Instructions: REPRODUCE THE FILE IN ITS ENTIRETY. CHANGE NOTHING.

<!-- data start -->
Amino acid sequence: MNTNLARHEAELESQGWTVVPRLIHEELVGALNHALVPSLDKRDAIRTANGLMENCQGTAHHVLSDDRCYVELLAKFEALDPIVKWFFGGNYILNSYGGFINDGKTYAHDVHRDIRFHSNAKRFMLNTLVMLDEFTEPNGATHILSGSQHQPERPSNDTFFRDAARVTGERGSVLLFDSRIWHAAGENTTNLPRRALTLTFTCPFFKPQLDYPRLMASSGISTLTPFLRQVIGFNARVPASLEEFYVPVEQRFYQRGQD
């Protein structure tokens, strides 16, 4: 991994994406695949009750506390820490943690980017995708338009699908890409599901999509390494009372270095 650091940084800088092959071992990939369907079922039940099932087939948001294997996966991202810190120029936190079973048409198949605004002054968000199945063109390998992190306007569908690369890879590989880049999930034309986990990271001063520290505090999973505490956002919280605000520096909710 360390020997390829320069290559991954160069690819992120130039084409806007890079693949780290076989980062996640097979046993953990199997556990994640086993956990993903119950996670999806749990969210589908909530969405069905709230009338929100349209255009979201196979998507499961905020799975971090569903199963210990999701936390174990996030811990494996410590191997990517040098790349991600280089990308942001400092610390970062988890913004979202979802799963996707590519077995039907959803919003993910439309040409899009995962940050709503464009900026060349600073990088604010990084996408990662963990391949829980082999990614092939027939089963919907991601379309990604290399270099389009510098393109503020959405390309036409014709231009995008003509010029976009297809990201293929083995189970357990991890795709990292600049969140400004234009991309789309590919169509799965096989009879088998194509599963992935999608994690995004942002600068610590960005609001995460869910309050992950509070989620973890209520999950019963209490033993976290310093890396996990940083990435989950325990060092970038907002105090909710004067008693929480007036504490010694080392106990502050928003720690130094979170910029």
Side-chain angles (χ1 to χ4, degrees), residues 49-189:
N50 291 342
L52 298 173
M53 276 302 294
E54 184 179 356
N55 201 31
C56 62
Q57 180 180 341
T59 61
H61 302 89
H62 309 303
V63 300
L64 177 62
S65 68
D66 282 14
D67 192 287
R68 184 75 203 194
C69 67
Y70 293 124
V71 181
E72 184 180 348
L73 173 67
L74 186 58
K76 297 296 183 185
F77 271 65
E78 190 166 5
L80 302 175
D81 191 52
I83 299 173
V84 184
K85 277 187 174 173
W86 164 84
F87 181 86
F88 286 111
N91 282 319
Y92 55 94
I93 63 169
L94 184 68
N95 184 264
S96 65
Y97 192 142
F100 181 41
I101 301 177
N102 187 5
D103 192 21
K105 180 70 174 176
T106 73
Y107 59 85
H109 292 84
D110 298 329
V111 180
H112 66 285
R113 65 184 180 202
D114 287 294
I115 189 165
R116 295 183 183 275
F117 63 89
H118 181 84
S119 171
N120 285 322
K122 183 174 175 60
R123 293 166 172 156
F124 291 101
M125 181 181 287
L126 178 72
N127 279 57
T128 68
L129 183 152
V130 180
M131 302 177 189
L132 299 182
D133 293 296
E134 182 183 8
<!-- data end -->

Amino acid sequence: MNTNLARHEAELESQGWTVVPRLIHEELVGALNHALVPSLDKRDAIRTANGLMENCQGTAHHVLSDDRCYVELLAKFEALDPIVKWFFGGNYILNSYGGFINDGKTYAHDVHRDIRFHSNAKRFMLNTLVMLDEFTEPNGATHILSGSQHQPERPSNDTFFRDAARVTGERGSVLLFDSRIWHAAGENTTNLPRRALTLTFTCPFFKPQLDYPRLMASSGISTLTPFLRQVIGFNARVPASLEEFYVPVEQRFYQRGQD
């Protein structure tokens, strides 16, 4: 991994994406695949009750506390820490943690980017995708338009699908890409599901999509390494009372270095 650091940084800088092959071992990939369907079922039940099932087939948001294997996966991202810190120029936190079973048409198949605004002054968000199945063109390998992190306007569908690369890879590989880049999930034309986990990271001063520290505090999973505490956002919280605000520096909710 360390020997390829320069290559991954160069690819992120130039084409806007890079693949780290076989980062996640097979046993953990199997556990994640086993956990993903119950996670999806749990969210589908909530969405069905709230009338929100349209255009979201196979998507499961905020799975971090569903199963210990999701936390174990996030811990494996410590191997990517040098790349991600280089990308942001400092610390970062988890913004979202979802799963996707590519077995039907959803919003993910439309040409899009995962940050709503464009900026060349600073990088604010990084996408990662963990391949829980082999990614092939027939089963919907991601379309990604290399270099389009510098393109503020959405390309036409014709231009995008003509010029976009297809990201293929083995189970357990991890795709990292600049969140400004234009991309789309590919169509799965096989009879088998194509599963992935999608994690995004942002600068610590960005609001995460869910309050992950509070989620973890209520999950019963209490033993976290310093890396996990940083990435989950325990060092970038907002105090909710004067008693929480007036504490010694080392106990502050928003720690130094979170910029």
Side-chain angles (χ1 to χ4, degrees), residues 49-189:
N50 291 342
L52 298 173
M53 276 302 294
E54 184 179 356
N55 201 31
C56 62
Q57 180 180 341
T59 61
H61 302 89
H62 309 303
V63 300
L64 177 62
S65 68
D66 282 14
D67 192 287
R68 184 75 203 194
C69 67
Y70 293 124
V71 181
E72 184 180 348
L73 173 67
L74 186 58
K76 297 296 183 185
F77 271 65
E78 190 166 5
L80 302 175
D81 191 52
I83 299 173
V84 184
K85 277 187 174 173
W86 164 84
F87 181 86
F88 286 111
N91 282 319
Y92 55 94
I93 63 169
L94 184 68
N95 184 264
S96 65
Y97 192 142
F100 181 41
I101 301 177
N102 187 5
D103 192 21
K105 180 70 174 176
T106 73
Y107 59 85
H109 292 84
D110 298 329
V111 180
H112 66 285
R113 65 184 180 202
D114 287 294
I115 189 165
R116 295 183 183 275
F117 63 89
H118 181 84
S119 171
N120 285 322
K122 183 174 175 60
R123 293 166 172 156
F124 291 101
M125 181 181 287
L126 178 72
N127 279 57
T128 68
L129 183 152
V130 180
M131 302 177 189
L132 299 182
D133 293 296
E134 182 183 8